CategoryReviews of Non-fiction Books

Robin by Dave Itzkoff

This qualifies as the perfect audiobook for me:  it maintained my interest throughout, made me laugh, and was a poignant story. Robin Williams first became famous for the TV show Mork and Mindy which came at a time (1978 to 1982) when we only watched IU basketball and old movies on tv. We all probably remember him from appearances on late night shows like Johnny Carson, where he first appeared in...

My Year of Dirt and Water by Tracy Franz

Years ago, I read a book by a woman who spent two years in Japan learning about pottery. From it, and from my friend Pat, I learned about Japanese woodblock prints, so it was an important book for me. I read this book to revisit that one I loved so much. The subtitle of this one is Journal of a Zen Monk’s Wife in Japan. The author and her husband had been in Japan for a few years when in...

True North by Jill Ker Conway

Jill Ker Conway’s second autobiographical book follows The Road from Coorain and recounts her experience upon arrival from Australia as a graduate student at Harvard through her time at the University of Toronto. It ends with the beginning of her presidency at Smith College in 1975. She tells the charming, sometimes quite touching stories of her life in this period beginning in 1960. The...

Chesapeake Requiem by Earl Swift

The subtitle A Year With the Watermen of Vanishing Tangier Island explains a lot and brings up more questions that are entertainingly answered by Earl Swift. The island is in the middle of the Chesapeake Bay and has been a curiosity for years. We visited for an afternoon more than 25 years ago with other tourists taking the ferry from the Eastern Shore. Tangier is so small people bike or drive...

Looking for The Stranger by Alice Kaplan

In 2012 I read Camus’ book The Stranger in French and The Meursault Investigation by Kamel Daoud in 2015. First, here’s a short summary of The Stranger. Meursault, a French Algerian, begins the tale with the announcement of his mother’s death. He shows disrespect by drinking cafe au lait, smoking, and dozing as he sits by her coffin. A few days later he shoots a man he...

Why We Sleep by Matthew Walker

Having heard the author, a Professor of Neuroscience and Psychology at Berkeley interviewed on Terry Gross, I listened to his book. While there was an element of “a hammer sees everything as a nail” to the book, I found much in it that was persuasive. He is able to trace all manner of bad outcomes for individuals and society as a whole to the lack of sleep. It became rather depressing...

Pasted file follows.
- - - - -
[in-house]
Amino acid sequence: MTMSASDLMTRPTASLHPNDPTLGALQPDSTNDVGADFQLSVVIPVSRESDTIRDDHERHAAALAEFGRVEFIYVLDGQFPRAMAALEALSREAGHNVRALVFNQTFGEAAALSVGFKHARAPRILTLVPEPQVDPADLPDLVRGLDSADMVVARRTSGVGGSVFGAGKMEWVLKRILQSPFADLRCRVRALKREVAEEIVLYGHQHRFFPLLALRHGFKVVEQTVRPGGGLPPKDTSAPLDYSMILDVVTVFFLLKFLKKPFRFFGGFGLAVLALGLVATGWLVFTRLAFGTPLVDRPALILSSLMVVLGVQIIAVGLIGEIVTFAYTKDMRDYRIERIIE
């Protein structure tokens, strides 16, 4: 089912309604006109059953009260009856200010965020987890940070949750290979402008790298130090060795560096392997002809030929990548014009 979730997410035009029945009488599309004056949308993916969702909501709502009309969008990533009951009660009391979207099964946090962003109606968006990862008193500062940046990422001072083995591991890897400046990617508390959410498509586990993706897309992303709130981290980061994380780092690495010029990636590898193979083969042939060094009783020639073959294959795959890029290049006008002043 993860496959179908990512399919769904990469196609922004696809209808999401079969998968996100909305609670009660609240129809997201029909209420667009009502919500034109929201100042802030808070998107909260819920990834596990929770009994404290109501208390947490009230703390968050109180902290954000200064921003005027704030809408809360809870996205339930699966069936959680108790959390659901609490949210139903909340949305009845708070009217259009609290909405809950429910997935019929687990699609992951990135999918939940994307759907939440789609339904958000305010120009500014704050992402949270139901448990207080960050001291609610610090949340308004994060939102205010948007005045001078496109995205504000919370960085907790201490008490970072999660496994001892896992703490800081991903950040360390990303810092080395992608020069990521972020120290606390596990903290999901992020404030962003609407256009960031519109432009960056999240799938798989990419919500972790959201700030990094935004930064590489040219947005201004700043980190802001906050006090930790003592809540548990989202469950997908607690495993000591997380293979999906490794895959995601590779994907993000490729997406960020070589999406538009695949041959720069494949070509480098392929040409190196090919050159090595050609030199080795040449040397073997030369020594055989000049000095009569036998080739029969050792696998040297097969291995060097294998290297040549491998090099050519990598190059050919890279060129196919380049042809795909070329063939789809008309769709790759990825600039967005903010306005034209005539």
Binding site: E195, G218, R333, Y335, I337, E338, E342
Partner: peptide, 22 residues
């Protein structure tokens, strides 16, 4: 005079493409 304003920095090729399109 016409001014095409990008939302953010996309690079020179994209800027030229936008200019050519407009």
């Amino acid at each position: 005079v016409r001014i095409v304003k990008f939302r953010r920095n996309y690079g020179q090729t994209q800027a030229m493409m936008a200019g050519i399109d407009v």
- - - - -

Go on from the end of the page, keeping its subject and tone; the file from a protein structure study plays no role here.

Born a Crime by Trevor Noah

It is hard to connect the comedian we know from The Daily Show to the story of the person born in 1984 who is the subject of this autobiography. Noah’s mother, Patricia Nombuyiselo Noah was always an independent person. She learned secretarial skills, although those jobs were not available to black women. She lived in the city of Johannesburg, though black women were forbidden to live there...

American Fire by Monica Hesse

The subtitle of this book is Love, Arson, and Life in a Vanishing Land, and what a fascinating story this is. It is set in Accomack County on the Eastern Shore of Virginia, a 70-mile long peninsula with the Chesapeake Bay on one side and the ocean on the other.  The area experienced great wealth from agriculture at the turn of the 20th century with the early building of railroads that gave...

Our Man Elsewhere: In Search of Alan Moorehead by Thornton McCamish

This unconventional ramble through the life of the author of two popular history books that I dearly loved (The White Nile and The Blue Nile) was a pleasant walk indeed. It was a few months before our trip to Australia that I read another of his books, Cooper’s Creek, about the ill-fated exploration of the interior of Australia. He was an ambitious journalist who left Australia as soon as...

The Fatal Shore by Robert Hughes

I have had in mind to read this weighty book (600 pages) about the arrival of Europeans in Australia written by an art historian for a long time. Between the original landing of Captain Cook in Botany Bay in 1770 and the arrival of the first wave of transported convicts in 1788, no British ships came to the area. The Botany Bay area would not have supported them; if Captain Phillip hadn’t...

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